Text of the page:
“This is the biggest scandal of the leasehold world” – James Wyatt
The value of leasehold properties in the UK is in flux this week. The Court of Appeal is currently presiding over the Mundy v The Trustees of The Sloane Stanley Estate case which will decide how leasehold properties are to be valued in the future.
Mundy’s counsel aims to rely upon a new model of leasehold valuation known as the Parthenia model. The Parthenia model, designed by chartered surveyor at Parthenia Valuations, James Wyatt, would lower the price of lease extensions for tenants compared with the traditional method of valuation. If accepted by the court, this model could significantly reduce the price of freehold and lease extensions for 2.1m properties across the UK.
The industry standard for leasehold valuations has up until now been the Gerald Eves relativity graphs, commissioned by the Duke of Westminster’s Grosvenor Estate in 1996. James Wyatt claims, however, that these graphs have been inflating the price of lease extensions by up to 50%.
Mundy is a tenant in a Chelsea property with less than 23 years remaining on the lease. The freehold owner is asking £420,000 for the lease extension, whilst Mundy, relying upon the Parthenia method, is disputing that figure.
The case was originally heard in a Tribunal in May 2016 when the trustees of The Sloane Stanley Estate made three separate applications for the Tribunal to determine the amount payable for lease renewals.
In the first instance the Tribunal held that, though the Parthenia model may be sound in principle, in practice it was not fit for the purpose as it failed to match the evidence of real world market values.
What is the Parthenia Model
Since 1993, tenants with less than 80 years remaining on their lease have had a statutory right to extend their lease at a fair price. When extending a lease you will pay a premium to the freehold owner and this premium will include something called the ‘marriage value’ [link to Lease Extension blog]. This is the difference between the value of the lease before and after being granted an extension. Therefore, the increase in value of the lease is shared between the freehold owner and the tenant.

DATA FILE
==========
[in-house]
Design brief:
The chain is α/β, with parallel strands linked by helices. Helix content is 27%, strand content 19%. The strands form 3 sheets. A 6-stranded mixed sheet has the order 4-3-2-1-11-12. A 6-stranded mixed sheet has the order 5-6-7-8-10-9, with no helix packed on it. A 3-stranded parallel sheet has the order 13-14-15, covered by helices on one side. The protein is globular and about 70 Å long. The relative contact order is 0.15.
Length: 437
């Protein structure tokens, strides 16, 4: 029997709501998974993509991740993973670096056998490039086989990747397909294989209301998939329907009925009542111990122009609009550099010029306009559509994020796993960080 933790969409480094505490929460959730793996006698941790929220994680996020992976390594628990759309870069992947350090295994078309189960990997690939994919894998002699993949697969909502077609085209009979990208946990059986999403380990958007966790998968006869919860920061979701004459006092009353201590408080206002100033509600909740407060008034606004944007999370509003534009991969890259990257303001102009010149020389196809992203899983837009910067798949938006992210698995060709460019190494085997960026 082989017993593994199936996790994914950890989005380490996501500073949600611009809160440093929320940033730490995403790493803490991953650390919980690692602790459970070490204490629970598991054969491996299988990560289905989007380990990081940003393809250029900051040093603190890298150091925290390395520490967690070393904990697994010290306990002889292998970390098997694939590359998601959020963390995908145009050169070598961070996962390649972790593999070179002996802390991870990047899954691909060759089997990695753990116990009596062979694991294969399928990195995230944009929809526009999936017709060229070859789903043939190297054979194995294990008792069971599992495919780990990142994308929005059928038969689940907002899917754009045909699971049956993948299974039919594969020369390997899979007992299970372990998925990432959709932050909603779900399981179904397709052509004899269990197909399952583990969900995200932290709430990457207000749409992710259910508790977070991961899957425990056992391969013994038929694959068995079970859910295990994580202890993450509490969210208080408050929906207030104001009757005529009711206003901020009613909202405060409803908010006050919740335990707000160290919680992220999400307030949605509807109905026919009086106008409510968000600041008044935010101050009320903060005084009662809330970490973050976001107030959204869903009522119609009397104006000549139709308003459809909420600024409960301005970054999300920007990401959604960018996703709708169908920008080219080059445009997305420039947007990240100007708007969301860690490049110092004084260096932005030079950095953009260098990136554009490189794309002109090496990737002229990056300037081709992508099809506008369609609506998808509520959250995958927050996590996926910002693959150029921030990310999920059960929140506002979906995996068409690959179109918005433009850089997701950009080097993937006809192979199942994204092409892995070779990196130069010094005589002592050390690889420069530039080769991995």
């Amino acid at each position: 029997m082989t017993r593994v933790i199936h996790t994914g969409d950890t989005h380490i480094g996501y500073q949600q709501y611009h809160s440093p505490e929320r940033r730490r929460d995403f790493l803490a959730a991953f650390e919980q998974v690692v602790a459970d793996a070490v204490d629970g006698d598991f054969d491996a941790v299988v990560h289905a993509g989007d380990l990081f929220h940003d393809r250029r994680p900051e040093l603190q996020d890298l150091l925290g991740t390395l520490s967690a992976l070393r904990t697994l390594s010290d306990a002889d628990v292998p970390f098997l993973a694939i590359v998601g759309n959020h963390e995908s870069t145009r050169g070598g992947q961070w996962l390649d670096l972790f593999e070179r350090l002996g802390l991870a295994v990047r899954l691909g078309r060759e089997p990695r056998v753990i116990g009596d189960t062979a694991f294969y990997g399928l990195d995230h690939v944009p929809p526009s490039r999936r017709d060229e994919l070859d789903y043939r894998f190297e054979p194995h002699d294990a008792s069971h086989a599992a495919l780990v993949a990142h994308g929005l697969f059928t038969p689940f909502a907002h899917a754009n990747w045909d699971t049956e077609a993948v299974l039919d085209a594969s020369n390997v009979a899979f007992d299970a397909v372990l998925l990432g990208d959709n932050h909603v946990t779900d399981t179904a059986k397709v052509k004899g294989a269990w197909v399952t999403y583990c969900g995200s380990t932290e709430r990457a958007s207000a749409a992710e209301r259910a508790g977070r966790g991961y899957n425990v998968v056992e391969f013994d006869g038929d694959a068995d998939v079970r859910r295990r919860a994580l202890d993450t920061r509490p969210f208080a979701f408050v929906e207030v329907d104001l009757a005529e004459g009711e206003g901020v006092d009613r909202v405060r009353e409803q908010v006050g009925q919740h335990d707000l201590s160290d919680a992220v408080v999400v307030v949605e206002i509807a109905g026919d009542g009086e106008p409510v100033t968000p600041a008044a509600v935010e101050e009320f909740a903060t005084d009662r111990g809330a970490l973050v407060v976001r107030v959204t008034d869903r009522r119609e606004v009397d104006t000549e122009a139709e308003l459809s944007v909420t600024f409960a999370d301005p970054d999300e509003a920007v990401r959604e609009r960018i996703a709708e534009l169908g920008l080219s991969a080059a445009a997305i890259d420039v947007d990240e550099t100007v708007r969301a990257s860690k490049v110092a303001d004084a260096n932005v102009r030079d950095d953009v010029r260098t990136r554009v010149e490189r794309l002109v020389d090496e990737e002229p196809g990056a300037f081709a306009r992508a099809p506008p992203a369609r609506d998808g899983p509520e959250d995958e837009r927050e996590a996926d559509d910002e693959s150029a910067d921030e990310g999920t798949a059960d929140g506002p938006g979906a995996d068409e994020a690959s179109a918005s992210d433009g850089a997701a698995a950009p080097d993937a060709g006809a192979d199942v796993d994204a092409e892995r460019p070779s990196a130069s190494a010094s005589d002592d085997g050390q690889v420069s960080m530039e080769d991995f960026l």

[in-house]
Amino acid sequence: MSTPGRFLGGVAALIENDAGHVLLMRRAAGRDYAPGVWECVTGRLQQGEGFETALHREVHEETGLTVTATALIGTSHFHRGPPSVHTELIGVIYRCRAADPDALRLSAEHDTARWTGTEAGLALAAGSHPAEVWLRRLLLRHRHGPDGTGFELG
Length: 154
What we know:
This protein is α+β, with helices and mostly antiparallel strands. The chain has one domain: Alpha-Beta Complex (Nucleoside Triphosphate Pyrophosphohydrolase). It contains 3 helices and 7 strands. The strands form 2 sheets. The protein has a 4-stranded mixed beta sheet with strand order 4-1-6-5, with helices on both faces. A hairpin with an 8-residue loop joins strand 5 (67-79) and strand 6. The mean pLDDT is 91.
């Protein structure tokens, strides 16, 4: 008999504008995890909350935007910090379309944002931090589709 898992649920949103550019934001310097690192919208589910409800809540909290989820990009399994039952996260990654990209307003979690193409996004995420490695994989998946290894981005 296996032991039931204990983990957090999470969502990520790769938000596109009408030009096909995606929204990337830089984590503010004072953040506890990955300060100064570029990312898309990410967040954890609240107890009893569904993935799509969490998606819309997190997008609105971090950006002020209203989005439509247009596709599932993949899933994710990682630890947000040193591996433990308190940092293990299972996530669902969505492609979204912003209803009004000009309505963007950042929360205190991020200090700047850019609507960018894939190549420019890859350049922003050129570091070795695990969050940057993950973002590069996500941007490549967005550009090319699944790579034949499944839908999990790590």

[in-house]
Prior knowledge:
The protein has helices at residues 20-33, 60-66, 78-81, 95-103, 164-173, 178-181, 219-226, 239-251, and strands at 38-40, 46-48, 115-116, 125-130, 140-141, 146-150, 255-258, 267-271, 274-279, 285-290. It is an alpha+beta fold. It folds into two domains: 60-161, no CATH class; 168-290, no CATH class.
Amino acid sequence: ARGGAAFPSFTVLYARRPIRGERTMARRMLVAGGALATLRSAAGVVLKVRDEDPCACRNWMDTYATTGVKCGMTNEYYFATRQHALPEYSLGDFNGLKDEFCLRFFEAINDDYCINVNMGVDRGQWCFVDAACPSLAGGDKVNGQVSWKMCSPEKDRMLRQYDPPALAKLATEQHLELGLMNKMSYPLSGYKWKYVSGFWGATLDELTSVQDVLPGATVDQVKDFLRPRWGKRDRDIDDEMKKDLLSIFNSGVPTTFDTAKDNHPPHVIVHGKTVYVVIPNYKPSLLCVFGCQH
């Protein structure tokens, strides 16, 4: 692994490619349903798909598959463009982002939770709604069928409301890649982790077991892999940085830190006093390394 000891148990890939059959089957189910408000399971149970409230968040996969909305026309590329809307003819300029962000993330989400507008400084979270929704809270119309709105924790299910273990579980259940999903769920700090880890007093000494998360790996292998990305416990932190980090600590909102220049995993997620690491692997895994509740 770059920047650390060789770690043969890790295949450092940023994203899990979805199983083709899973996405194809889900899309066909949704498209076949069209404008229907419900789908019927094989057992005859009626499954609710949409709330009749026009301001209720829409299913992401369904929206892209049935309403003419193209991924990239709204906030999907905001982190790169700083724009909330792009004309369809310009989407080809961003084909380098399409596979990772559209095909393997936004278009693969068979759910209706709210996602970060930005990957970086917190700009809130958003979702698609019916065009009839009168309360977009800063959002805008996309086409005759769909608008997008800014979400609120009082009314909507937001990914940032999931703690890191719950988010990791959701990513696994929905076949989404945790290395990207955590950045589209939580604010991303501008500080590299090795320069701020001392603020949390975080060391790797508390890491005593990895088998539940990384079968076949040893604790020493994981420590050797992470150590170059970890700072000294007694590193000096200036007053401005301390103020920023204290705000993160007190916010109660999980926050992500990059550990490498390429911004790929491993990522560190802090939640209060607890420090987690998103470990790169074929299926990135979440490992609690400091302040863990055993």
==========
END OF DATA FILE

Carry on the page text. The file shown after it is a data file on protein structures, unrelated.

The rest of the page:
The Parthenia model, also referred to as the ‘hedonic regression model’, calculates the marriage value based on sales data between 1987 and 1991. By relying on data from pre-1993, the aim was to give a figure for the true value of the extension without the impact of the 1993 Act.
Though the model may be theoretically sound, due to reliance on archived data it failed to match current market values, producing an impossible figure – causing one judge to call it, “a clock which strikes thirteen”.
The positive outcome of the Tribunal for leasehold owners is that the court was also critical of the other methods of valuation proposed, including those which form part of the industry standard. Therefore, there is no telling what will be decided in the coming days by the Court of Appeal – though with one remaining route of appeal to the Supreme Court, it unlikely to end here.
We can gain some sense of what may be in store from the Tribunal’s judgement which indicated that calculations should be based, where possible, on real world sales figures. In addition there has also been talk of parliamentary intervention. Notably, Sir Peter Bottomley MP said recently that if Mundy’s case failed to establish the Parthenia valuation model, the Government should seek to reverse the decision by statute.
James Wyatt claims this case could cause the greatest redistribution of property since 1066. Because of these changes, remaining well informed and well represented is more important than ever for those in the leasehold market.
Therefore, if you have, or are looking to buy, a leasehold property in Nottingham, Derby or the surrounding area, please get in touch with Campions Specialist Leasehold Solicitors for up to date, expert information and advice.